Name a professional wrestler you would like to see make a transition to MMA
Frank Hyden, Columnist – The Good, the Bad, and the Ugly
The only guy that really springs to mind would have been Kurt Angle. Obviously, that ship has sailed but it would have to be someone similar, someone with a collegiate wrestling background and a desire to make the transition. No one wants to see a pro wrestler transition over just because, the same way that no one wants to see an MMA fighter transition to pro wrestling just because. If they have the desire and at least a fundamental foundation to build off of, I would be fine with anyone crossing sports.
Sean Covington, Columnist – Covington’s Corner
How about four?
Braun Strowman- He’s a really big strong guy that would be very difficult to control
Chad Gable- An Olympic wrestler. Khabib would have a tremendous amount of trouble if not just flat out get dominated the entire fight.
Jason Jordan- Chad Gable’s former tag team partner, every bit as athletic as Chad Gable.
Tommaso Ciampa- I just wanna see what he would do as a personality.
Aleister Black- a background in Pencak Silat, kickboxing and has been in various martial arts competitions. I’ve seen him live, his finished black mast is extremely quick and would knock ANY person out regardless of weight class.
Gary Meigs, MMATorch Contributor
If you took current age out of the question I would definitely pick The Undertaker. For a younger active pic,k I would choose Randy Orton. Very athletic with good size. Has good microphone skills to talk trash ie The Notorious One.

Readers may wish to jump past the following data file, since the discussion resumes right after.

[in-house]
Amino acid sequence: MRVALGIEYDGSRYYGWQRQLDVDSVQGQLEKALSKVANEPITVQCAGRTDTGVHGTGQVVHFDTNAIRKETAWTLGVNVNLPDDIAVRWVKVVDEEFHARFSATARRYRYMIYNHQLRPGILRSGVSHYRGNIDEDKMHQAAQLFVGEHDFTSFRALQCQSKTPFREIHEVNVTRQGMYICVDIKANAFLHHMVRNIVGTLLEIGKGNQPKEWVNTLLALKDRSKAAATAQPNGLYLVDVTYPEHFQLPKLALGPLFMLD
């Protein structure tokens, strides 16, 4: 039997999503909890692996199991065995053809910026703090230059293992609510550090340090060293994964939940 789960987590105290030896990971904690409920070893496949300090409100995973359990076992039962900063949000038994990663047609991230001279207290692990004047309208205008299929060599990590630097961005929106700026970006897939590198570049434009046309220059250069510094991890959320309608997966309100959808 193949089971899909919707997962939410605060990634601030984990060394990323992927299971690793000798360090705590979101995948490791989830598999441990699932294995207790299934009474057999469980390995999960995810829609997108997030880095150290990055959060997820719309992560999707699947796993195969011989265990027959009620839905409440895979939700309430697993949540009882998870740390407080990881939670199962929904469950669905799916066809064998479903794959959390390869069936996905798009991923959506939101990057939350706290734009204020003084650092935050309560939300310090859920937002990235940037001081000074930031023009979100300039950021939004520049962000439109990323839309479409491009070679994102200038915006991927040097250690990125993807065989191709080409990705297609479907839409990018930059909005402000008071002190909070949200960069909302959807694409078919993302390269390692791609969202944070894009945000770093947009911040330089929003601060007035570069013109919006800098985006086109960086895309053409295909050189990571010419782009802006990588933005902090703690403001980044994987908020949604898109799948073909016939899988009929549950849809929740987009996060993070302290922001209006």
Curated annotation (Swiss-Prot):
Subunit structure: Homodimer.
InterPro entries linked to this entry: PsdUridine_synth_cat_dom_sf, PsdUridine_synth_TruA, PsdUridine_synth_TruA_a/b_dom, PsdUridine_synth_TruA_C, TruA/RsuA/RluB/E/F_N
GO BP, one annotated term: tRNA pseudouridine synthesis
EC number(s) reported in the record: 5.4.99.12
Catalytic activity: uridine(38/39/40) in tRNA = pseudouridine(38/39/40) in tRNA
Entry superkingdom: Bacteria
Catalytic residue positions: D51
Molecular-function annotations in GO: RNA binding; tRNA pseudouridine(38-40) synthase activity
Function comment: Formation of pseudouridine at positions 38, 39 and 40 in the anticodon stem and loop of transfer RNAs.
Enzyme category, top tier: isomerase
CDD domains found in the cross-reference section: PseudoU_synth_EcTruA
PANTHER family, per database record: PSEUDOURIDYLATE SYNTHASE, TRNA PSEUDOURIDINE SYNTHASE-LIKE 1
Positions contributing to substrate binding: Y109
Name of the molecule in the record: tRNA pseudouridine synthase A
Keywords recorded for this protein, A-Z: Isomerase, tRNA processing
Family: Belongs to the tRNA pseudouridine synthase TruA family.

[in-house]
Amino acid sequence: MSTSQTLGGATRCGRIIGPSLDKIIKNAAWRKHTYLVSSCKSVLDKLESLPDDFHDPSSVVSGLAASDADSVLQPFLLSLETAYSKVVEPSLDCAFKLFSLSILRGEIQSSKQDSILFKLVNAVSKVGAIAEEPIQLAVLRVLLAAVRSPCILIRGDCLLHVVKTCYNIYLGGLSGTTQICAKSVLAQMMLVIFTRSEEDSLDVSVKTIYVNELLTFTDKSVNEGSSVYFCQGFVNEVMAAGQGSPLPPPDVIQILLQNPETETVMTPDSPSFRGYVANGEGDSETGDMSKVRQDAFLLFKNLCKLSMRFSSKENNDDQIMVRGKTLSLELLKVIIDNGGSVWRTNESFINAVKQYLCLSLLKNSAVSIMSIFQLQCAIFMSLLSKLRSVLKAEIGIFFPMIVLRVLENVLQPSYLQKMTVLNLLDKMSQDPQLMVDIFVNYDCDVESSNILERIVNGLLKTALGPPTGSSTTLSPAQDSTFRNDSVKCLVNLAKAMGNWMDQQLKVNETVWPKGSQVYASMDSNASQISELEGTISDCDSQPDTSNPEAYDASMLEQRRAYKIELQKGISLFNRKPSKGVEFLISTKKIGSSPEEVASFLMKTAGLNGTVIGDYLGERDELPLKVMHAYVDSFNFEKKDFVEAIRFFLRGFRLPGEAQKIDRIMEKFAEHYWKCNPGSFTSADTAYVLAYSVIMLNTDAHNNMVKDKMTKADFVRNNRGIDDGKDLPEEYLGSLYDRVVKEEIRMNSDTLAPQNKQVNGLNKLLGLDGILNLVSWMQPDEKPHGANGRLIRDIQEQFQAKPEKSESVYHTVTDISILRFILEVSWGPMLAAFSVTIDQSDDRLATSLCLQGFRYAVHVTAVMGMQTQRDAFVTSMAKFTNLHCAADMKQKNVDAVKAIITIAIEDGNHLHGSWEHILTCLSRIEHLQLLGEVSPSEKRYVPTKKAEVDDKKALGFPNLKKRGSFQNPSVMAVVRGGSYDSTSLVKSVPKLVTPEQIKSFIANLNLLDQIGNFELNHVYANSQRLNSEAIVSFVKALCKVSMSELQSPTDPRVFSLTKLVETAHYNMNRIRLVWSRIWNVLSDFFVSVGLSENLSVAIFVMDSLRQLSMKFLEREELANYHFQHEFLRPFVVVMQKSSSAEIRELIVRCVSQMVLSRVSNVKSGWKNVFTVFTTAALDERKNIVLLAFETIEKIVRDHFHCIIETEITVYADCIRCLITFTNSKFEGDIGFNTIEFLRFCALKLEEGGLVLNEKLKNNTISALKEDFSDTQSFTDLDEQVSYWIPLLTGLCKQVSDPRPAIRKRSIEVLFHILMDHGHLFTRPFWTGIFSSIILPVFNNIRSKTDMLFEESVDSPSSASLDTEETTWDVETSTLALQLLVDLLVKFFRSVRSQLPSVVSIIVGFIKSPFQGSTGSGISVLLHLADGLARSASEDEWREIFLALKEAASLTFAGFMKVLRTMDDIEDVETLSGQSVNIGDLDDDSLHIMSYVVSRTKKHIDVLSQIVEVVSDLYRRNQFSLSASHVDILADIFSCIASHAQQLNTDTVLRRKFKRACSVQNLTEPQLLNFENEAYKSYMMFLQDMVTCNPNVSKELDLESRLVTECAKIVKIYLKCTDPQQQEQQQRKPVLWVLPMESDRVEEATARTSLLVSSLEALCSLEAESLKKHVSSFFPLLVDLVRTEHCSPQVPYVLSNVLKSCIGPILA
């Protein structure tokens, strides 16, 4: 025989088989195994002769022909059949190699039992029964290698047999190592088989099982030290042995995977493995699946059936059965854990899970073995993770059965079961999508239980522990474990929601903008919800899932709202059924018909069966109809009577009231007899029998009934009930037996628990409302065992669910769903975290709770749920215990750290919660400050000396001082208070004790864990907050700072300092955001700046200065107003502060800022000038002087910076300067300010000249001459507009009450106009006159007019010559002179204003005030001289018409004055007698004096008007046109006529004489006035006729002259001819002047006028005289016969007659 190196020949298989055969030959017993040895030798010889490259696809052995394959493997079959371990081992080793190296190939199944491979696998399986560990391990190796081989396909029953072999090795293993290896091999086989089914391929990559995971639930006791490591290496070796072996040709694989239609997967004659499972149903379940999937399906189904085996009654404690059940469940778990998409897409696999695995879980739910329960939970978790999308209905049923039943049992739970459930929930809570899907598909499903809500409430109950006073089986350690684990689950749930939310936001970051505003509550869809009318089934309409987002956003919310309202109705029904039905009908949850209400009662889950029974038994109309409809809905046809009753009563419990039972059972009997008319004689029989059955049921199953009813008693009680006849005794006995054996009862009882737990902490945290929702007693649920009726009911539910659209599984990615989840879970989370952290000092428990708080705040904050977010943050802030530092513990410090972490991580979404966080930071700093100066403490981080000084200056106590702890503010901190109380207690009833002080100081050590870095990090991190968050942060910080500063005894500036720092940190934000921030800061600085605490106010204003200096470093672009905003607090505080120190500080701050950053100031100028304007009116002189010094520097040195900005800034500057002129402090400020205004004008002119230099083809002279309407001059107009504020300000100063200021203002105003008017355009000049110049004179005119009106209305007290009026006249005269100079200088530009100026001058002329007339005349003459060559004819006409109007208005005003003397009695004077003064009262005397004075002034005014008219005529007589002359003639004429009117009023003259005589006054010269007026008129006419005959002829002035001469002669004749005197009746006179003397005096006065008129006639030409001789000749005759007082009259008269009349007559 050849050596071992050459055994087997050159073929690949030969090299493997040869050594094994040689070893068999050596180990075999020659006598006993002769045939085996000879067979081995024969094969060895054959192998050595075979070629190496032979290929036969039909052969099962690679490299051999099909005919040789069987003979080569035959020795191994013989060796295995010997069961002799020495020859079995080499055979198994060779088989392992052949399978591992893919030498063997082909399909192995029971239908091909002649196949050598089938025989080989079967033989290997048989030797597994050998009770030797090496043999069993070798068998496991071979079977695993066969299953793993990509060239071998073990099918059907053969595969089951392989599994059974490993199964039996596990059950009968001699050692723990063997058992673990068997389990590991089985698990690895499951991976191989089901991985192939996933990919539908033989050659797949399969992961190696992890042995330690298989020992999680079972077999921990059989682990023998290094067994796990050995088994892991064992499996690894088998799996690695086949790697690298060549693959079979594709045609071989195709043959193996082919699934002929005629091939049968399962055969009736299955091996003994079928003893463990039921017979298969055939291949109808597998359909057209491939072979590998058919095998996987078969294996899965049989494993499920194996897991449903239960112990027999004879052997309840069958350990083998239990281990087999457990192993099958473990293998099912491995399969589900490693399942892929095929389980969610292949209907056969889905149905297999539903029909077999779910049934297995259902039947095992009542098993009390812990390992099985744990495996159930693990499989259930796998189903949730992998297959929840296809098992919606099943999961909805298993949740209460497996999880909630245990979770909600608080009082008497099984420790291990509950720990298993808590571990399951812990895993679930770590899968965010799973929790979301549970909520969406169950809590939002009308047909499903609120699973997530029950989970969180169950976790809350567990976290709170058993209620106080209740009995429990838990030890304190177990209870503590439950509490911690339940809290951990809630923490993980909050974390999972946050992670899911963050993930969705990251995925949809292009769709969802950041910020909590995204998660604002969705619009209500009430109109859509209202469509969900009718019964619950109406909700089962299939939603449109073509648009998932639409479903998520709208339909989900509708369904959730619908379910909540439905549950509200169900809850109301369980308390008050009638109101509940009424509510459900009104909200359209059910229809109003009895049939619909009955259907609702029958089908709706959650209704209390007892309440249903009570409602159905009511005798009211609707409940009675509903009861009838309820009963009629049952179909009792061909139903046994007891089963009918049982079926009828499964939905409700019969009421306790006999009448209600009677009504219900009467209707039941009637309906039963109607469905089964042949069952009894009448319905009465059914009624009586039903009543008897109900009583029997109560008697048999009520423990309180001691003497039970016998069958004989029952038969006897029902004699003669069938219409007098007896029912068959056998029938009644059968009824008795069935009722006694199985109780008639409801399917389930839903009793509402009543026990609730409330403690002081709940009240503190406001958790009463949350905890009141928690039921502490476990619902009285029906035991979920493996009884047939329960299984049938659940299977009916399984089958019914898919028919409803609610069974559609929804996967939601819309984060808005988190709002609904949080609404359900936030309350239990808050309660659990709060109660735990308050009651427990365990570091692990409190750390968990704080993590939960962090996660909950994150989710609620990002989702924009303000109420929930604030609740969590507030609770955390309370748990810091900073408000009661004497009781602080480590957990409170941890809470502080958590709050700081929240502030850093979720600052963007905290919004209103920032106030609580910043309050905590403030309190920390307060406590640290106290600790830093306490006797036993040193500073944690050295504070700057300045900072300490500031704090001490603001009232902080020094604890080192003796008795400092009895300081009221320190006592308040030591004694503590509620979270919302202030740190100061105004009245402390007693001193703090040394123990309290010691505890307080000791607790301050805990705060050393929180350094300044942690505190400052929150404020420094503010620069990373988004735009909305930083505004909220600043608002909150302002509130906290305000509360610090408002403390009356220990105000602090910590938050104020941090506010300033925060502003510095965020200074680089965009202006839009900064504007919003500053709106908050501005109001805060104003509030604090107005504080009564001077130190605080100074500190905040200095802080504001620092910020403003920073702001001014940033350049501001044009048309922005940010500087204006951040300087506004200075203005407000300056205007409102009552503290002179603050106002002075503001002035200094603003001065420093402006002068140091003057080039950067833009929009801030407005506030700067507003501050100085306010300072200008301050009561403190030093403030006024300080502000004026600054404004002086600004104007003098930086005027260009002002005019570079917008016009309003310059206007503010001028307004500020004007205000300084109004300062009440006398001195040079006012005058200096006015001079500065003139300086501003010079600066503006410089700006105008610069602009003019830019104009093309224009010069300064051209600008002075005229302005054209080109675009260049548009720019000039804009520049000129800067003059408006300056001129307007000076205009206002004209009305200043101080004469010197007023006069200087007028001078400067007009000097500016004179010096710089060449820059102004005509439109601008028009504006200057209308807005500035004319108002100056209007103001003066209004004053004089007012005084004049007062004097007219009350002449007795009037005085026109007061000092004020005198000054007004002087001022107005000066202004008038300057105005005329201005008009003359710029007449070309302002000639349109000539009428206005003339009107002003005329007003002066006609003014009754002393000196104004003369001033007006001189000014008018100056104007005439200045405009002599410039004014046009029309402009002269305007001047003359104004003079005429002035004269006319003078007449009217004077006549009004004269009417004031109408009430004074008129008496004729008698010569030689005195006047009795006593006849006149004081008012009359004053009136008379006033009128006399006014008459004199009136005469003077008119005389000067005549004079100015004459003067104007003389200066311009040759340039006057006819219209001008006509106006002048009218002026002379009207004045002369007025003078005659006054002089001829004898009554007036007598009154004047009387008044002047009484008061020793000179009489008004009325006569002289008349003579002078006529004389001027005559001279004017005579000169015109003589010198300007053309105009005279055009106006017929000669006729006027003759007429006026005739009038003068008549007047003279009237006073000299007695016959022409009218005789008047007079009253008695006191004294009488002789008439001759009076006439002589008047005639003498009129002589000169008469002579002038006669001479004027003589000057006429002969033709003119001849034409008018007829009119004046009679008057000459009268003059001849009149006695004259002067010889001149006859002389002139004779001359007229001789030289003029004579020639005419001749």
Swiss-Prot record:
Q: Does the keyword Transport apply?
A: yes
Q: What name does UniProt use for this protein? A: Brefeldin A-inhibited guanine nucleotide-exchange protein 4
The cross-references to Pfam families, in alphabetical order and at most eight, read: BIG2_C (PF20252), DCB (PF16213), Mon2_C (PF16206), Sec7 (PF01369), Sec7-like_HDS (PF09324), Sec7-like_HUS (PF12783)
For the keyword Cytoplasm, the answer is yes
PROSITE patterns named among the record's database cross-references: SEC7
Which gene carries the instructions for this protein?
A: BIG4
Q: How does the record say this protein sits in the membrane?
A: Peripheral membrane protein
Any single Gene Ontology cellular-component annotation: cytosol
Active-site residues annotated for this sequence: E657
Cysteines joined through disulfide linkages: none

David McGrath, Host – MMATorch Today Podcast
I don’t know much wrestling but my money would be on Braun Strowman he’s so physically imposing and seemingly athletic. Old school pick? Legendary bar brawler and tough guy: Meng.
Christian Moore, MMATorch Contributor
I find myself contemplating the choices, as I myself am a very big wrestling fan, and while some people may pick someone like the Undertaker, Randy Orton, or John Cena, they simply aren’t legitimate options, now, or even 10 years ago. I look at current, or slightly older wrestlers in WWE, and the 2 that come to mind are Nic Nemeth, aka Dolph Ziggler, or Stu Bennett, aka Wade Barrett. They really are two of the most qualified, with one being a very good amateur wrestler from so many years back, and the other being a famous Bare Knuckle Brawler in the UK. Even now though, I don’t see them succeeding. Outside of WWE, there are MANY more options, that being in ROH/NJPW’s Jeff Cobb. A former Olympian, who has more strength then I have ever seen in another pro wrestler. Companies such as NJPW, NOAH, AJPW, and Dragon Gate are full of wrestlers who would fair miles more than almost any American wrestler because that is part of the culture. If you have the mindset that someone like a John Cena or Randy Orton could compete in WWE, just look at CM Punk. Many American wrestlers especially in WWE, are too old to start MMA, as most are in the 35-45 range, and the few that have experience, couldn’t use it. Age is important, as charisma, and athleticism are irrelevant compared to age when trying to start an MMA career. The only person who could do well with his age would be the baddest Mofo on the planet, Minoru Suzuki, and he already had a lengthy MMA stint.
Michael Hiscoe, MMATorch Managing Editor
I’d be really intrigued by seeing someone like Daniel Bryan make the move to MMA, but at 37 years of age, it’s just not realistic. Another option would be Becky Lynch. She doesn’t have any athletic background to speak of that would translate to MMA, but I still like the idea. She’s got the personality, and she did date UFC fighter Luke Sanders so she at least has some exposure to the sport.
A more realistic choice would have to be Chad Gable. He has legitimate amateur wrestling credentials and at 32, still has a (short) window where he could make the move. That said, if you’re a mid-level or WWE performer you are likely going to earn a much better living than a similarly positioned UFC fighter. Anyone considering making the move should be prepared for a downgrade in their paycheque unless they feel they can reach the top of the sport.